Anyone who has followed Jarosz’s path from her humble origins growing up in Wimberley, TX, a small town just outside of Dallas, shouldn’t be surprised at where she’s at in her young career. Having first picked up the mandolin around the age of 10, Jarosz built her instrument repertoire to include guitar, clawhammer banjo, and octave mandolin.

By 2009, she had released her Sugar Hill Records debut “Song Up in Her Head.” That same year, she enrolled in the New England Conservatory of Music. By 2013, she graduated with honors with a degree in contemporary improvisation. Since then, she’s worked with a number of notable artists, including Bela Fleck, Jerry Douglas, Shawn Colvin, Kate Rusby, and the Punch Brothers. In 2018, she joined forces with Nickel Creek’s Sara Watkins and Crooked Still’s Aoife O’Donovan to form the progressive-folk trio I’m With Her, an outfit with which she continues to work (“I am just so grateful for Aoife and Sara,” Jarosz said. “I feel like that band sort of was this magical gift in my life.”)

But for now, the road awaits in the form of a 50-plus date tour which promises to attract plenty of fans.

“So far it’s been absolutely amazing. It’s been really fun to see the songs come to life on stage,” Jarosz said. “I wasn’t sure if people were just going to want to hear the old songs. But people are just so excited about the new songs and singing along to the lyrics. It’s been really rewarding so far. I’m experiencing a good problem for the first time. It feels like I have more songs than I can fit into a set. I’m kind of picking and choosing the special ones and definitely making it half and half old [songs] with the new record. And slipping in a cover or two.”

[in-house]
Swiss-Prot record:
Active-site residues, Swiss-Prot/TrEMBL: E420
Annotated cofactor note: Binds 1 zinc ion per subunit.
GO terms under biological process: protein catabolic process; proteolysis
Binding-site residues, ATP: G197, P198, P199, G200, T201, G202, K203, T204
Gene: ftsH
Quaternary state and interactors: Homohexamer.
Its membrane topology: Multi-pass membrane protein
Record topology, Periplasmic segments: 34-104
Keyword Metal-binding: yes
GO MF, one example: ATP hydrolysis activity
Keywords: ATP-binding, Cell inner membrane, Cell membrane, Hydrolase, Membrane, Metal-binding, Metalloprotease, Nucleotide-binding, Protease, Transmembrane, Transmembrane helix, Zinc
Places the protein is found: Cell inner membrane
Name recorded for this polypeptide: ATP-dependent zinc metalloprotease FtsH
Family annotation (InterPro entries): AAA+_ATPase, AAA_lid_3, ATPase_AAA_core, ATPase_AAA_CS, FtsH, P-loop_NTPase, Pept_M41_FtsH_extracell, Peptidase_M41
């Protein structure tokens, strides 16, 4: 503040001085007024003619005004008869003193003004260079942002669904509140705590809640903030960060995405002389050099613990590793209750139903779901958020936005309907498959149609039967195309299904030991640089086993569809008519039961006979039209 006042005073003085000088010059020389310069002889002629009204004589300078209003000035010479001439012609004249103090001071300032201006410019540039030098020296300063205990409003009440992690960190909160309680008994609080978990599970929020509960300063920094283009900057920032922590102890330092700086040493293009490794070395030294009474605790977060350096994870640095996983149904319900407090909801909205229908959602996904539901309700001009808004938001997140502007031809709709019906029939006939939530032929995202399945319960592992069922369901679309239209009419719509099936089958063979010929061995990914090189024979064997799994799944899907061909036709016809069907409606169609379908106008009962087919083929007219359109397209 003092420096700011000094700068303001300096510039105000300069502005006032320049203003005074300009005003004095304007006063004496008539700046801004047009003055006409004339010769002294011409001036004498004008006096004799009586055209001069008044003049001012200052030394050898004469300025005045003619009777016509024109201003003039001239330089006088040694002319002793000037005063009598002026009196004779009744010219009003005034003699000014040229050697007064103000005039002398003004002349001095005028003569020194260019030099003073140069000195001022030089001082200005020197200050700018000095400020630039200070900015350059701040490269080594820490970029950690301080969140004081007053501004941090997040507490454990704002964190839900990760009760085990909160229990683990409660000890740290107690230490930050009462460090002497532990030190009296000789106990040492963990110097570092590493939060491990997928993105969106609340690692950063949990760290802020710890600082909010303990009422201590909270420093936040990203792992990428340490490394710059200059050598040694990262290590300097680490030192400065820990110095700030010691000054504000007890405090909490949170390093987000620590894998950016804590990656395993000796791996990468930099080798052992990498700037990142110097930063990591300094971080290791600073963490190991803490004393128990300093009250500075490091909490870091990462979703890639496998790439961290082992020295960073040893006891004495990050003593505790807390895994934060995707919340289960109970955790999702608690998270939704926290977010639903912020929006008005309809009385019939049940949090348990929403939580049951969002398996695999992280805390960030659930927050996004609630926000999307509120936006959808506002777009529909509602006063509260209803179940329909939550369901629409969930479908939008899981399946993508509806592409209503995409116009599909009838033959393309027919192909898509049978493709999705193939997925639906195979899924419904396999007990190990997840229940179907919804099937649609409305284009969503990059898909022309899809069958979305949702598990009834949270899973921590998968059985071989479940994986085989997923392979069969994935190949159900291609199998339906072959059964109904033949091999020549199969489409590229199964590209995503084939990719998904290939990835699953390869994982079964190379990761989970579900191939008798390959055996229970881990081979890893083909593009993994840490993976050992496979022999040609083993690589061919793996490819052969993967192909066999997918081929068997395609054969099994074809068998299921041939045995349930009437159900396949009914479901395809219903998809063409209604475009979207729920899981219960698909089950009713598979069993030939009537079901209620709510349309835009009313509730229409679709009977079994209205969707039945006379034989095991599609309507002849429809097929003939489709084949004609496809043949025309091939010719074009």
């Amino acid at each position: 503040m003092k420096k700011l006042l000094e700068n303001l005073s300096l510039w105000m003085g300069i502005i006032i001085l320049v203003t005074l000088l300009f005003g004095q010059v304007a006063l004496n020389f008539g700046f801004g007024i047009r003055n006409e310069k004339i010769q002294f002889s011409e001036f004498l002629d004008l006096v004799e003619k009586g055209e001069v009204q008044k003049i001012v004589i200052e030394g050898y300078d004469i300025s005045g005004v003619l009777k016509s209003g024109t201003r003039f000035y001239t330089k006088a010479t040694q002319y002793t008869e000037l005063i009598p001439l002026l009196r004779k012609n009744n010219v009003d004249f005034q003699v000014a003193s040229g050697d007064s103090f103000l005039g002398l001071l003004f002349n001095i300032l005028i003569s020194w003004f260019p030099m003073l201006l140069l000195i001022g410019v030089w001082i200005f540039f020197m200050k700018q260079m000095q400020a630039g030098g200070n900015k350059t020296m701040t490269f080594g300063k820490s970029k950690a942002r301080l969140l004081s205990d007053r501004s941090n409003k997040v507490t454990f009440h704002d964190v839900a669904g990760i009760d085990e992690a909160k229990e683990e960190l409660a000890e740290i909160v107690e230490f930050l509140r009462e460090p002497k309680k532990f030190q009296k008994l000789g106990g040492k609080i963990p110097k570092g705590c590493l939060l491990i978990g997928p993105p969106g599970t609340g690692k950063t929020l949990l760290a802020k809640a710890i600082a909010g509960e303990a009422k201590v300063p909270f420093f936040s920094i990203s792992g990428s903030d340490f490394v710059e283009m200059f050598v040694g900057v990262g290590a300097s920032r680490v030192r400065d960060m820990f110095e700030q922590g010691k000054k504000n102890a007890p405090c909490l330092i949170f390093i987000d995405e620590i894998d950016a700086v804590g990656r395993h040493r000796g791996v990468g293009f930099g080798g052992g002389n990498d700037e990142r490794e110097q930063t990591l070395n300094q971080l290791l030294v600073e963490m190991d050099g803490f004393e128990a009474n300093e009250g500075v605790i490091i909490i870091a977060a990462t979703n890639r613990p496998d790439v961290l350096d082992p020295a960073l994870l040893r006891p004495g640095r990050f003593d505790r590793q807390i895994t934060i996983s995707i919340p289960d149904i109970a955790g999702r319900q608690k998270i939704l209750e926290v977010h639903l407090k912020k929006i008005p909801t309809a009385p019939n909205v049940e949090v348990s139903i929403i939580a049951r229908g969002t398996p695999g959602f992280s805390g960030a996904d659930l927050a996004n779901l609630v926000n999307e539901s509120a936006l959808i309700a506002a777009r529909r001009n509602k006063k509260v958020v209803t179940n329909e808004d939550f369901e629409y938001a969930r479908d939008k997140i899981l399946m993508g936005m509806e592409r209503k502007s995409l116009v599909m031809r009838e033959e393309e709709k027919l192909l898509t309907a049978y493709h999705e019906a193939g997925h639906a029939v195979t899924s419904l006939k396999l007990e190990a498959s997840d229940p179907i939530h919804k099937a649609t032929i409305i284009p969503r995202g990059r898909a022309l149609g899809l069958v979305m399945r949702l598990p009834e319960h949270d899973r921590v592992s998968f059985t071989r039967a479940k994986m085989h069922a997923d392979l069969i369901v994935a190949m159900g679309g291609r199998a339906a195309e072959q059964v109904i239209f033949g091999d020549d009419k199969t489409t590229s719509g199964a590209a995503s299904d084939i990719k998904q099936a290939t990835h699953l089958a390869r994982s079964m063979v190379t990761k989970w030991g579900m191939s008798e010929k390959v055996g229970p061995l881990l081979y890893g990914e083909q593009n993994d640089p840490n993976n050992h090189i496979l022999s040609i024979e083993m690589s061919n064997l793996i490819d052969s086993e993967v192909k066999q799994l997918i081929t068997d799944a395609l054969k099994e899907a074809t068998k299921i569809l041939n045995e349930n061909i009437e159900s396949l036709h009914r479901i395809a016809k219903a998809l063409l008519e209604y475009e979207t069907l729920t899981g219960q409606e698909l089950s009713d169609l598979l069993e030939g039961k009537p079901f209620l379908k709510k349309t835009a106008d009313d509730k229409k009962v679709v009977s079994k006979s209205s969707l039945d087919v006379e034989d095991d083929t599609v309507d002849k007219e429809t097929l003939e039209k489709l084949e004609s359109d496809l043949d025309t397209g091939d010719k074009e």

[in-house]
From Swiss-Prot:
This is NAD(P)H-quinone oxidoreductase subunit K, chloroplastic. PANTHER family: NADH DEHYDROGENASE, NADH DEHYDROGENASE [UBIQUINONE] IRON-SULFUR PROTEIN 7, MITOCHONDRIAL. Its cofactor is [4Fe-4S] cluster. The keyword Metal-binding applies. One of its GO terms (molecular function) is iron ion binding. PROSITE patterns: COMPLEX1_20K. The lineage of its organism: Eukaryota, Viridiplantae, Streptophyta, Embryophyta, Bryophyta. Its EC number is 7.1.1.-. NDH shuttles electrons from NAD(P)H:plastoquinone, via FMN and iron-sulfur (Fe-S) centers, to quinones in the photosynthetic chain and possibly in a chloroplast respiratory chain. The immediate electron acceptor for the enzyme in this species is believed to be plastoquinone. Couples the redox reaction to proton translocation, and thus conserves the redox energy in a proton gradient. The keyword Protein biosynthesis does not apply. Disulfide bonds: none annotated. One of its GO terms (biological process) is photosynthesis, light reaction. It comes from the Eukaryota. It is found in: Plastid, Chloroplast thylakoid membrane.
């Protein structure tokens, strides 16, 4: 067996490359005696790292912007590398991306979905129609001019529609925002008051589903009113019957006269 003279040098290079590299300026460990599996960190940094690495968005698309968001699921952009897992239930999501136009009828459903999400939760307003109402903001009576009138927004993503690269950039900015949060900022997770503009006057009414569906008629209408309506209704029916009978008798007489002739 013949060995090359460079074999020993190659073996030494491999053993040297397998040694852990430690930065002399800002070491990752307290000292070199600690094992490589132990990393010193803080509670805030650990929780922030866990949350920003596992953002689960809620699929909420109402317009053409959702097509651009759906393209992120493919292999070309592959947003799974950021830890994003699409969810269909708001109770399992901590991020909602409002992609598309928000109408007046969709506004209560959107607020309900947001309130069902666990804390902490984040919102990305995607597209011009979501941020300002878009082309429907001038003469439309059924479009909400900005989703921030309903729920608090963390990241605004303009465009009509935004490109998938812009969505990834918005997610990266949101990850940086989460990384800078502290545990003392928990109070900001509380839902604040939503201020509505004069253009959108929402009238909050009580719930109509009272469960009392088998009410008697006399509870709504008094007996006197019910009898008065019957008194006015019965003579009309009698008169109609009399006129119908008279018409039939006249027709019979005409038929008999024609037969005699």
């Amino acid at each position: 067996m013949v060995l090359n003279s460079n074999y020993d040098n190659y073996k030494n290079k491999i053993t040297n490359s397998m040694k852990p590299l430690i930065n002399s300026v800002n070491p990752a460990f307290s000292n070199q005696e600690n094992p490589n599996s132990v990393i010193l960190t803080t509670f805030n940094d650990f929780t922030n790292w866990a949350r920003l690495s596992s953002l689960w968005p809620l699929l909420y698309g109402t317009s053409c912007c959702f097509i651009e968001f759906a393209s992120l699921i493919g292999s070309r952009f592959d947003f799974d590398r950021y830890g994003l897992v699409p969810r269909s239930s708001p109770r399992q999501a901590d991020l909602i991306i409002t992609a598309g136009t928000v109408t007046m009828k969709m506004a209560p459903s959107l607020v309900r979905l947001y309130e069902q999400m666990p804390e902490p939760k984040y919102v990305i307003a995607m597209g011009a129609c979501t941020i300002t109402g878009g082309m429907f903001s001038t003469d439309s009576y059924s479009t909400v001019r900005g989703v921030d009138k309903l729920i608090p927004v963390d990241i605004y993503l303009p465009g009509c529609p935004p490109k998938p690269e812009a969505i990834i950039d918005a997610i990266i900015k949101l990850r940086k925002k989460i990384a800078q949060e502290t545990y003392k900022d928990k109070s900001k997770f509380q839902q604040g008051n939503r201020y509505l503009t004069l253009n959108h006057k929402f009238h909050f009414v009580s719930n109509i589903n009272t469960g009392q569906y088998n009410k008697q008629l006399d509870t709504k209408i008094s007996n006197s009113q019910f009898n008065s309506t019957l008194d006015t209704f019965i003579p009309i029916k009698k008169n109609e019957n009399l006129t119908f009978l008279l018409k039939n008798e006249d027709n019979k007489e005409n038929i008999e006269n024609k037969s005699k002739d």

For the immediate future, Jarosz is “…hitting the road really hard and just pouring all of my energy into getting these songs out into the world and playing them.” And with a reunion with I’m With Her (her band with Sara Watkins and Aoife O’Donovan) sure to follow, Jarosz is leaning into her parents’ advice of not getting lost in the day-to-day chaos of her chosen profession.

“I think that’s [guidance] I constantly have to come back to and remind myself,” she said. “I think everybody could benefit from that. It’s just the nature of our world and the craziness of what’s the next thing, what’s the next thing. In a way, that’s what the song ‘The Way It is Now’ is about. Just remembering to be in the moment and to take it one day at a time.”

You can see Sarah Jarosz in action this weekend at the Ogden Music Festival. For tickets and information, visit their website.

Featured image photographed by Shervin Lainez.


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Alan Sculley
Alan Sculleyhttp://saltlakemagazine.com
Alan Sculley has operated his music feature service, Last Word Features, for more than 25 years. His music features and reviews have appeared in more than 100 daily newspapers, alternative weeklies and entertainment publications.